First Trust ISE Global Copper Index Fund (CU)
First Trust ISE's CU ETF invests in stocks of copper mining companies. While copper miners benefit and suffer from movement in spot price (and not always in the way that you might think because of their hedging strategies) investing in copper mining businesses is very different than investing in the actual copper bullion. Mining is inherantly a risky business that includes many political, management, credit, and exploration risks other than the spot price of metal falling.
However, it is fair to say that copper mining company profitability does depend on the prices of copper over the long run for success so copper mining stocks tend to exhibit a strong correlation to the metal’s spot price over time. CU’s strategy of investing in copper equities allow investors to add copper exposure to their portfolios without engaging in a future-based commodity strategy.
Few mining companies engage in mining only one metal, partly because metals tend to be found together. Therefore the fund uses a modified linear weighting methodology to distribute the fund’s allocations based on each security’s revenue exposure to copper production. In plain English, owning CU actually means indirectly owning a portfolio of broad-based mining companies whose operations and profitability may focus on gold, silver, copper or other metals in addition to copper.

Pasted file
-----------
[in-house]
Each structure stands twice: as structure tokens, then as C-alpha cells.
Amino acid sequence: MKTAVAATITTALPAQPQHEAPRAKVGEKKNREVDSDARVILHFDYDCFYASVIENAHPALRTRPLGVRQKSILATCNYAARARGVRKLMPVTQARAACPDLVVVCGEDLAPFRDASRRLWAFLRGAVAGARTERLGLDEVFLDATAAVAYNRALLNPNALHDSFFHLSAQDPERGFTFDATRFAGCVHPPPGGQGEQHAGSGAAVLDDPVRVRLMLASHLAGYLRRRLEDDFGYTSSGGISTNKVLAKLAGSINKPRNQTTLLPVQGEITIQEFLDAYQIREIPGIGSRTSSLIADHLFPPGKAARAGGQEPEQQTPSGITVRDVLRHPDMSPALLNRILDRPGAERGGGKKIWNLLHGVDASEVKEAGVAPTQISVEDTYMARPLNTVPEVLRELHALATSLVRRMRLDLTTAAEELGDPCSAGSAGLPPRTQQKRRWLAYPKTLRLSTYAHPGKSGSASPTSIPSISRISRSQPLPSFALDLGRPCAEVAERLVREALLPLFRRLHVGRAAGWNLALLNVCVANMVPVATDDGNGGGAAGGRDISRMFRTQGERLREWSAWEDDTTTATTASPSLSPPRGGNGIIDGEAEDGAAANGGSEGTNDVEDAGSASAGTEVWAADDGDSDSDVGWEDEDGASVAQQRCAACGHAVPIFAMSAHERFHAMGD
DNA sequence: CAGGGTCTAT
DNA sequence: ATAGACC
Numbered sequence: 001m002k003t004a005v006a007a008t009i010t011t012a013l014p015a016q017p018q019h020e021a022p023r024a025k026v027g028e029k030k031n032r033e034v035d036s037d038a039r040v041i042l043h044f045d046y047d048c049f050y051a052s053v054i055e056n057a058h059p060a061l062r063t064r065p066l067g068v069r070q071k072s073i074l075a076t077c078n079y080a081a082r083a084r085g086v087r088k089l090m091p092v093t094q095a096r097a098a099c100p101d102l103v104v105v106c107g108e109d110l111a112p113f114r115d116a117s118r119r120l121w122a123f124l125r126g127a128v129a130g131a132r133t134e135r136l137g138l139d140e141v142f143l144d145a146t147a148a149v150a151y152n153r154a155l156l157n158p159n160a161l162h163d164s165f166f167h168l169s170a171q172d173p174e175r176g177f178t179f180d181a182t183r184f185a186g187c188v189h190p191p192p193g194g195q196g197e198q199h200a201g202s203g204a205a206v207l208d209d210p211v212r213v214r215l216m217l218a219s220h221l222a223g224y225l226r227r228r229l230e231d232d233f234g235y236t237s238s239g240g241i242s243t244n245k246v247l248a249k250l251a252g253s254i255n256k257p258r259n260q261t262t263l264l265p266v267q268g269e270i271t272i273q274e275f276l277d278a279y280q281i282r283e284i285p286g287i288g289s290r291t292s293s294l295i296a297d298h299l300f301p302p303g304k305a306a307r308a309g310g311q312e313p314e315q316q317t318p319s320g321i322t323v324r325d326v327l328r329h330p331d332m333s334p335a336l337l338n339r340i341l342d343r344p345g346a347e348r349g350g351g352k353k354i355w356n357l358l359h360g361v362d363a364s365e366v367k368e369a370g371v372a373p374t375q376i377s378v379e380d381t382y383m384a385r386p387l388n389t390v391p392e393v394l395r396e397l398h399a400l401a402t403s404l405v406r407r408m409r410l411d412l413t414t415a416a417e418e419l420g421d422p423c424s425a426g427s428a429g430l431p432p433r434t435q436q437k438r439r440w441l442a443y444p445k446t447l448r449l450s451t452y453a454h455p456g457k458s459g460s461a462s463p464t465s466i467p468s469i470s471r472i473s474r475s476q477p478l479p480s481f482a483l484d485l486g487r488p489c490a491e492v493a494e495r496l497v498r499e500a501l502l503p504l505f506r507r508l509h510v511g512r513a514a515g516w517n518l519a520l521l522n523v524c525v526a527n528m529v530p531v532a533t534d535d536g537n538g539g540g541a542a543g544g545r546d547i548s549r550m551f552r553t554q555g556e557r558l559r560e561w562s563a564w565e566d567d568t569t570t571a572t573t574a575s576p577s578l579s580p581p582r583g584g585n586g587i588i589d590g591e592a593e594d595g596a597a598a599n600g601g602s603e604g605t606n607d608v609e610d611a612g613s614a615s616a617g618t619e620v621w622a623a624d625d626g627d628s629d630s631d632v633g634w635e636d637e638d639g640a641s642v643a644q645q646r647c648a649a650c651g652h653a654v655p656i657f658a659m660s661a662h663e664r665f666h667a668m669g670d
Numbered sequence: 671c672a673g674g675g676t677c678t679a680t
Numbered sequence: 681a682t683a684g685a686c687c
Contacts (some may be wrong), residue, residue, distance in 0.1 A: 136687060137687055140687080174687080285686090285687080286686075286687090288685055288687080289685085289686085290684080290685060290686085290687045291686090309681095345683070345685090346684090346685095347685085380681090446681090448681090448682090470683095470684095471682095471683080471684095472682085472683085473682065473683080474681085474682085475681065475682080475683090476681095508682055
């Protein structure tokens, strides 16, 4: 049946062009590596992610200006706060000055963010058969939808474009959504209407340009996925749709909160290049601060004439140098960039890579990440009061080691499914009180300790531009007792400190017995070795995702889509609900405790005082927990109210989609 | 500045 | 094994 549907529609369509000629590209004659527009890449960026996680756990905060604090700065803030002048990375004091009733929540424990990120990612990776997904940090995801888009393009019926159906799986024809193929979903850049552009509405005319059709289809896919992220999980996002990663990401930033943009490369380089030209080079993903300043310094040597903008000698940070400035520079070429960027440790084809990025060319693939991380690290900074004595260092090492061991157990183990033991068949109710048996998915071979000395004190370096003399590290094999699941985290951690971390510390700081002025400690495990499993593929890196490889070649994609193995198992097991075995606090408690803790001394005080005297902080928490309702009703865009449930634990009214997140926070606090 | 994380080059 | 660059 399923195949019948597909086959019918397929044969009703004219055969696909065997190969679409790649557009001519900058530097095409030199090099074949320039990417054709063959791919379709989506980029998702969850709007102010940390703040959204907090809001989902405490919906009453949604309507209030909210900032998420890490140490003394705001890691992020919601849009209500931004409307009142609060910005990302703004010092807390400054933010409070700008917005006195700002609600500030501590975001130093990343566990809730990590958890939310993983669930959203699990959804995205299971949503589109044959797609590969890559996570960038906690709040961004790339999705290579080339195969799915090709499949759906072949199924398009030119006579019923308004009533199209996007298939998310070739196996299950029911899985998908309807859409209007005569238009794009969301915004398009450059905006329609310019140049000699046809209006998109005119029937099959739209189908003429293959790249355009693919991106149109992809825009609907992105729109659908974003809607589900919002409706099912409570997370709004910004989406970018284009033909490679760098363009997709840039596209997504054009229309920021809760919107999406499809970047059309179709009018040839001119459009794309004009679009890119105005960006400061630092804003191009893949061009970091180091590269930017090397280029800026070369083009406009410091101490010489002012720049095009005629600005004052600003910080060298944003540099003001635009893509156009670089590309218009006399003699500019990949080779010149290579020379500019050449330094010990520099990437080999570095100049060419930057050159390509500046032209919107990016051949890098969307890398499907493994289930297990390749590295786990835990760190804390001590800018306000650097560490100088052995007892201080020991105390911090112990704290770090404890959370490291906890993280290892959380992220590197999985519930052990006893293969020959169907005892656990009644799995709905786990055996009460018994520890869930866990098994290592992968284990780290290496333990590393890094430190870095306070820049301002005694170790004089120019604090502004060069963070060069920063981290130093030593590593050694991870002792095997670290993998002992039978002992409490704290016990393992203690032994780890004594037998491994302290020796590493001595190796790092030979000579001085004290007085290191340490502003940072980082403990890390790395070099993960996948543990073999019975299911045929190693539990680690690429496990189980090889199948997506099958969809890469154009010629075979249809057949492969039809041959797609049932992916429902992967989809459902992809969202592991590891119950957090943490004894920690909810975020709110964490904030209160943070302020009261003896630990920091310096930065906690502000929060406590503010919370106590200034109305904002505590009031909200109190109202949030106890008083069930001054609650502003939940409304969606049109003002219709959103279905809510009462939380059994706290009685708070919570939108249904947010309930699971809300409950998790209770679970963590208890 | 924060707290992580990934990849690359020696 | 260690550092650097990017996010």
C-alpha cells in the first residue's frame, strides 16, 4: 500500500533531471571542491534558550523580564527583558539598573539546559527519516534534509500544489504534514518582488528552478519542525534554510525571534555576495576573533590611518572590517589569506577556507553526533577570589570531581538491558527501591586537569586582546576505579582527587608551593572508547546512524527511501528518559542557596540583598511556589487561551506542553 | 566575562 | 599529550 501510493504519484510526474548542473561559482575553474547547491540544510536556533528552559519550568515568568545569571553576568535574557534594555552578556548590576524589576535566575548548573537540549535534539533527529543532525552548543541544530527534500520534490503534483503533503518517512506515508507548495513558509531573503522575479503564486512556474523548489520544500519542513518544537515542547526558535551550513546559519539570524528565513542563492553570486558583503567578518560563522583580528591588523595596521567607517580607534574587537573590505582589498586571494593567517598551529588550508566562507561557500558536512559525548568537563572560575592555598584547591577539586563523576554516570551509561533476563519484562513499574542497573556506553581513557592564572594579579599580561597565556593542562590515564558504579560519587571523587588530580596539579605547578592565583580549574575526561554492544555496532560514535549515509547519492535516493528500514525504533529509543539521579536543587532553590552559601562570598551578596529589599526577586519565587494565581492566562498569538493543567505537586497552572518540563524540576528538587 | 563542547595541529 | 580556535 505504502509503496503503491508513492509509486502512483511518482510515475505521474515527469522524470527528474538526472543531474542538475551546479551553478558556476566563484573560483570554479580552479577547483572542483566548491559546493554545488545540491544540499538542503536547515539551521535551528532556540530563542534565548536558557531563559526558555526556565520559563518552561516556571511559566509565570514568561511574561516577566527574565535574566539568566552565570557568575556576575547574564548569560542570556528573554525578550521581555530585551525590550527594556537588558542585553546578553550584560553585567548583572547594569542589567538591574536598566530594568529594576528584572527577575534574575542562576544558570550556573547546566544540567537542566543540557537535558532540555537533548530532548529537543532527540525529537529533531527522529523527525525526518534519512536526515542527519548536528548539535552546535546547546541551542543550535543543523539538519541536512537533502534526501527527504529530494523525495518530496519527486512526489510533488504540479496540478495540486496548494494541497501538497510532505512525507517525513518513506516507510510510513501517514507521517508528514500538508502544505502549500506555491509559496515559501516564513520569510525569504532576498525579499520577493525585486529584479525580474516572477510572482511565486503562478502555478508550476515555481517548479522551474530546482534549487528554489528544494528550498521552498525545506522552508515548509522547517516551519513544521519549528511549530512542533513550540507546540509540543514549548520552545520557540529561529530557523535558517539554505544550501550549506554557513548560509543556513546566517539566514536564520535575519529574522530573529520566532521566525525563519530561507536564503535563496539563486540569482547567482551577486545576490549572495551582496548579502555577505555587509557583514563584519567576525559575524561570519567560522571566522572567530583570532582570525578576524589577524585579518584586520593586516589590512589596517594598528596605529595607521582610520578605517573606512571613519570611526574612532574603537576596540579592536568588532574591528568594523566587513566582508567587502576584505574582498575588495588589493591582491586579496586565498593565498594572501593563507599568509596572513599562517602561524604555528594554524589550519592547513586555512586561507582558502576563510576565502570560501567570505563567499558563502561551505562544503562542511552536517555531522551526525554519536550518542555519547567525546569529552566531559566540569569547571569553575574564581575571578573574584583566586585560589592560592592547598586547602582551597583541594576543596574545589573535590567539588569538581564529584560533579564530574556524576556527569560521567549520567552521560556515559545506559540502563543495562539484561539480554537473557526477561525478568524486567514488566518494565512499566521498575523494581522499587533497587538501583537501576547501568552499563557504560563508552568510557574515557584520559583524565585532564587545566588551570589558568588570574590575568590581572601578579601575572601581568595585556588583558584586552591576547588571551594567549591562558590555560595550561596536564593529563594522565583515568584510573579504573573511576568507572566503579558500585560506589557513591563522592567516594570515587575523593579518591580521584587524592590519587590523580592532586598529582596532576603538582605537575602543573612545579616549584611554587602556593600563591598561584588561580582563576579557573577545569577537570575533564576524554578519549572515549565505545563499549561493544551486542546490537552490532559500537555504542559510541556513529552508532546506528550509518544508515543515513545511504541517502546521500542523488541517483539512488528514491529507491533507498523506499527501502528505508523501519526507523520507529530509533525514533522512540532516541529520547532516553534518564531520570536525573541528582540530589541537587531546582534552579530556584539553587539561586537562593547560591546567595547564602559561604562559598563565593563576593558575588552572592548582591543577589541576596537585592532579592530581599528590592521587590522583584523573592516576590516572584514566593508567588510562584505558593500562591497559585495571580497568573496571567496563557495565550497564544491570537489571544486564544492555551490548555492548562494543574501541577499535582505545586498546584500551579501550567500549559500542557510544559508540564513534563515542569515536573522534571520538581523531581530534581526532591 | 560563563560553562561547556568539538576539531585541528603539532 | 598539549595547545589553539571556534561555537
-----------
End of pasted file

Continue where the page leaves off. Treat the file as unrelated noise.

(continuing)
Global X Copper Miners ETF (COPX)
Similar to CU, Global X Copper Miners COPX ETF invests in equities with exposure to copper by replicating the Solactive Global Copper Miners Index , which is includes common stocks, ADRs and GDRs of selected global companies in the CU mining industry. The fund tends to invest in “pure play” miners that concentrate exclusively on copper unlike CU ETF's broader based mining company share approach.
Alternatives to These Paper ETF Investments
None of the copper ETFs actually own copper bullion, though investing in companies with proven copper reserves is a form of copper bullion investing. If you want to take an actual position in copper bullion, consider checking out copper pennies which are 95% copper because US copper pennies are actually worth more than a penny.
Credit: portlandmint.comWhile there is currently a melt ban on US pennies, that has not stopped investors from buying up tons of pennies as a hedge against inflation and a way to get direct exposure to copper bullion while commodity prices are depressed due to the world economic situation.
Copper bullion pennies can be bought through eBay where there is a Cu bullion area. Also you consider contacting private sellers on realcent.org the primary forum for those interested in CU bullion. The Copper Cave is a good place to check out smaller lots of bullion pennies while for large volumes, the PortlandMint.com is the nation's leading supplier of bullion grade sorted pennies.
(photo is of 1 ton of copper bullion pennies at the Portland Mint)
Here is a video from Nightline showing more about penny bullion mining.